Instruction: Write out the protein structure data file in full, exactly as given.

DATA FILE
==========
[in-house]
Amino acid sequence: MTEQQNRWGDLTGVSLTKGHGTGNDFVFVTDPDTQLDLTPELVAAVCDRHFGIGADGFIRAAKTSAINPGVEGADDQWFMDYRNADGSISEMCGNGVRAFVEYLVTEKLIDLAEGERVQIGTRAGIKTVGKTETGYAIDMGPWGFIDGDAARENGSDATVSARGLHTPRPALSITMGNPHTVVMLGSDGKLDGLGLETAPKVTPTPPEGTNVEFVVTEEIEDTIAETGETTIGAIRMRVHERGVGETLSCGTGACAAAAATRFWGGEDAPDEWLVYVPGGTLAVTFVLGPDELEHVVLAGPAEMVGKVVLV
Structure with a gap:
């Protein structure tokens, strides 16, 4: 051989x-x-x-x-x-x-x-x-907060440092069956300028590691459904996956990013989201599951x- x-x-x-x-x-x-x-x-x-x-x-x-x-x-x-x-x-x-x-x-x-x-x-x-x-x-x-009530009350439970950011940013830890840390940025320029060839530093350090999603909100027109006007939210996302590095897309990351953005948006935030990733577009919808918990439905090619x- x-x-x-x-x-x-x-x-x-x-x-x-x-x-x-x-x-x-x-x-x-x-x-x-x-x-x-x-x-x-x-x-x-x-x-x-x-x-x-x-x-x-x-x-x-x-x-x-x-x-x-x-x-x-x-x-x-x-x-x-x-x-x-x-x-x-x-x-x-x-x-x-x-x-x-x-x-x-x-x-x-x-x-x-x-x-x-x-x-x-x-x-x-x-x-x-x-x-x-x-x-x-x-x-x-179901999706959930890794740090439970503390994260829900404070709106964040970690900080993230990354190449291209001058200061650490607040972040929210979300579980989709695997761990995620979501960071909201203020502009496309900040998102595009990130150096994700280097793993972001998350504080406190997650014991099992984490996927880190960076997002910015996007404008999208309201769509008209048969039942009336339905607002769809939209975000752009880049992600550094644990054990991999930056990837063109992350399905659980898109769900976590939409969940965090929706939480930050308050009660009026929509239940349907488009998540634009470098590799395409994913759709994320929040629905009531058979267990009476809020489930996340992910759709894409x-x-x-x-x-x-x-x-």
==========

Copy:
[in-house]
Amino acid sequence: MTEQQNRWGDLTGVSLTKGHGTGNDFVFVTDPDTQLDLTPELVAAVCDRHFGIGADGFIRAAKTSAINPGVEGADDQWFMDYRNADGSISEMCGNGVRAFVEYLVTEKLIDLAEGERVQIGTRAGIKTVGKTETGYAIDMGPWGFIDGDAARENGSDATVSARGLHTPRPALSITMGNPHTVVMLGSDGKLDGLGLETAPKVTPTPPEGTNVEFVVTEEIEDTIAETGETTIGAIRMRVHERGVGETLSCGTGACAAAAATRFWGGEDAPDEWLVYVPGGTLAVTFVLGPDELEHVVLAGPAEMVGKVVLV
Structure with a gap:
């Protein structure tokens, strides 16, 4: 051989x-x-x-x-x-x-x-x-907060440092069956300028590691459904996956990013989201599951x- x-x-x-x-x-x-x-x-x-x-x-x-x-x-x-x-x-x-x-x-x-x-x-x-x-x-x-009530009350439970950011940013830890840390940025320029060839530093350090999603909100027109006007939210996302590095897309990351953005948006935030990733577009919808918990439905090619x- x-x-x-x-x-x-x-x-x-x-x-x-x-x-x-x-x-x-x-x-x-x-x-x-x-x-x-x-x-x-x-x-x-x-x-x-x-x-x-x-x-x-x-x-x-x-x-x-x-x-x-x-x-x-x-x-x-x-x-x-x-x-x-x-x-x-x-x-x-x-x-x-x-x-x-x-x-x-x-x-x-x-x-x-x-x-x-x-x-x-x-x-x-x-x-x-x-x-x-x-x-x-x-x-x-179901999706959930890794740090439970503390994260829900404070709106964040970690900080993230990354190449291209001058200061650490607040972040929210979300579980989709695997761990995620979501960071909201203020502009496309900040998102595009990130150096994700280097793993972001998350504080406190997650014991099992984490996927880190960076997002910015996007404008999208309201769509008209048969039942009336339905607002769809939209975000752009880049992600550094644990054990991999930056990837063109992350399905659980898109769900976590939409969940965090929706939480930050308050009660009026929509239940349907488009998540634009470098590799395409994913759709994320929040629905009531058979267990009476809020489930996340992910759709894409x-x-x-x-x-x-x-x-």